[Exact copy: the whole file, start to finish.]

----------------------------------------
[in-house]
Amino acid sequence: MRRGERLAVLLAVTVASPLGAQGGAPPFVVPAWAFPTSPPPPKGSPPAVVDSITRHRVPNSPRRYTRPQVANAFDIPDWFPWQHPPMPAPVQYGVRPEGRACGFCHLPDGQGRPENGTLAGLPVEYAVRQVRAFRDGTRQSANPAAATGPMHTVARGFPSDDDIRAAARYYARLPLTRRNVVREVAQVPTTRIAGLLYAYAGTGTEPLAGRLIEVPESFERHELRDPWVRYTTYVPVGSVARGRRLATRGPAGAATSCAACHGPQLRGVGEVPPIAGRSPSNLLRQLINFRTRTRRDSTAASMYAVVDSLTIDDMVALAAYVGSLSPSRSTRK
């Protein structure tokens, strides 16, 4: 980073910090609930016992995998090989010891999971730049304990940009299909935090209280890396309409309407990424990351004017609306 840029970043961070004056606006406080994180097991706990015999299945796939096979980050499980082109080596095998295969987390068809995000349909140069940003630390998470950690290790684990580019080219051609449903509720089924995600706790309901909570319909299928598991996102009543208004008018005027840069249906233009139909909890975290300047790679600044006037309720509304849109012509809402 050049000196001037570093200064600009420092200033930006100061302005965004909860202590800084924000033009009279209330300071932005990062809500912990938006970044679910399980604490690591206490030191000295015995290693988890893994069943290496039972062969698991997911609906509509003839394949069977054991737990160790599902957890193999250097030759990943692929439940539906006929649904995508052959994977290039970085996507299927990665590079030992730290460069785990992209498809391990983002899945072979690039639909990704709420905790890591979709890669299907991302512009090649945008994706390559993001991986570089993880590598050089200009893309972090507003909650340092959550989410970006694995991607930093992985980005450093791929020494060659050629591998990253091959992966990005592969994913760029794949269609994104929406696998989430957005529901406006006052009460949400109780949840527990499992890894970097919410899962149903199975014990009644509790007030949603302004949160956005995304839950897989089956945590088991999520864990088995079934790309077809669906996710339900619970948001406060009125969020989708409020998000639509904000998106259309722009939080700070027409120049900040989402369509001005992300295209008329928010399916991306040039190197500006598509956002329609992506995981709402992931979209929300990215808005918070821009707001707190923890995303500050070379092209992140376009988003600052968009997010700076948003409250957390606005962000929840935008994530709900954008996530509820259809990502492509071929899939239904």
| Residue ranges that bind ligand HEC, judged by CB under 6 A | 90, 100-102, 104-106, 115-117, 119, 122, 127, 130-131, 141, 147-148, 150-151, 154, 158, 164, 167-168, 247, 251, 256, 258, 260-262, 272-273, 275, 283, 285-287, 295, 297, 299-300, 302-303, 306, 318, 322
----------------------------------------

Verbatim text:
[in-house]
Amino acid sequence: MRRGERLAVLLAVTVASPLGAQGGAPPFVVPAWAFPTSPPPPKGSPPAVVDSITRHRVPNSPRRYTRPQVANAFDIPDWFPWQHPPMPAPVQYGVRPEGRACGFCHLPDGQGRPENGTLAGLPVEYAVRQVRAFRDGTRQSANPAAATGPMHTVARGFPSDDDIRAAARYYARLPLTRRNVVREVAQVPTTRIAGLLYAYAGTGTEPLAGRLIEVPESFERHELRDPWVRYTTYVPVGSVARGRRLATRGPAGAATSCAACHGPQLRGVGEVPPIAGRSPSNLLRQLINFRTRTRRDSTAASMYAVVDSLTIDDMVALAAYVGSLSPSRSTRK
């Protein structure tokens, strides 16, 4: 980073910090609930016992995998090989010891999971730049304990940009299909935090209280890396309409309407990424990351004017609306 840029970043961070004056606006406080994180097991706990015999299945796939096979980050499980082109080596095998295969987390068809995000349909140069940003630390998470950690290790684990580019080219051609449903509720089924995600706790309901909570319909299928598991996102009543208004008018005027840069249906233009139909909890975290300047790679600044006037309720509304849109012509809402 050049000196001037570093200064600009420092200033930006100061302005965004909860202590800084924000033009009279209330300071932005990062809500912990938006970044679910399980604490690591206490030191000295015995290693988890893994069943290496039972062969698991997911609906509509003839394949069977054991737990160790599902957890193999250097030759990943692929439940539906006929649904995508052959994977290039970085996507299927990665590079030992730290460069785990992209498809391990983002899945072979690039639909990704709420905790890591979709890669299907991302512009090649945008994706390559993001991986570089993880590598050089200009893309972090507003909650340092959550989410970006694995991607930093992985980005450093791929020494060659050629591998990253091959992966990005592969994913760029794949269609994104929406696998989430957005529901406006006052009460949400109780949840527990499992890894970097919410899962149903199975014990009644509790007030949603302004949160956005995304839950897989089956945590088991999520864990088995079934790309077809669906996710339900619970948001406060009125969020989708409020998000639509904000998106259309722009939080700070027409120049900040989402369509001005992300295209008329928010399916991306040039190197500006598509956002329609992506995981709402992931979209929300990215808005918070821009707001707190923890995303500050070379092209992140376009988003600052968009997010700076948003409250957390606005962000929840935008994530709900954008996530509820259809990502492509071929899939239904």
| Residue ranges that bind ligand HEC, judged by CB under 6 A | 90, 100-102, 104-106, 115-117, 119, 122, 127, 130-131, 141, 147-148, 150-151, 154, 158, 164, 167-168, 247, 251, 256, 258, 260-262, 272-273, 275, 283, 285-287, 295, 297, 299-300, 302-303, 306, 318, 322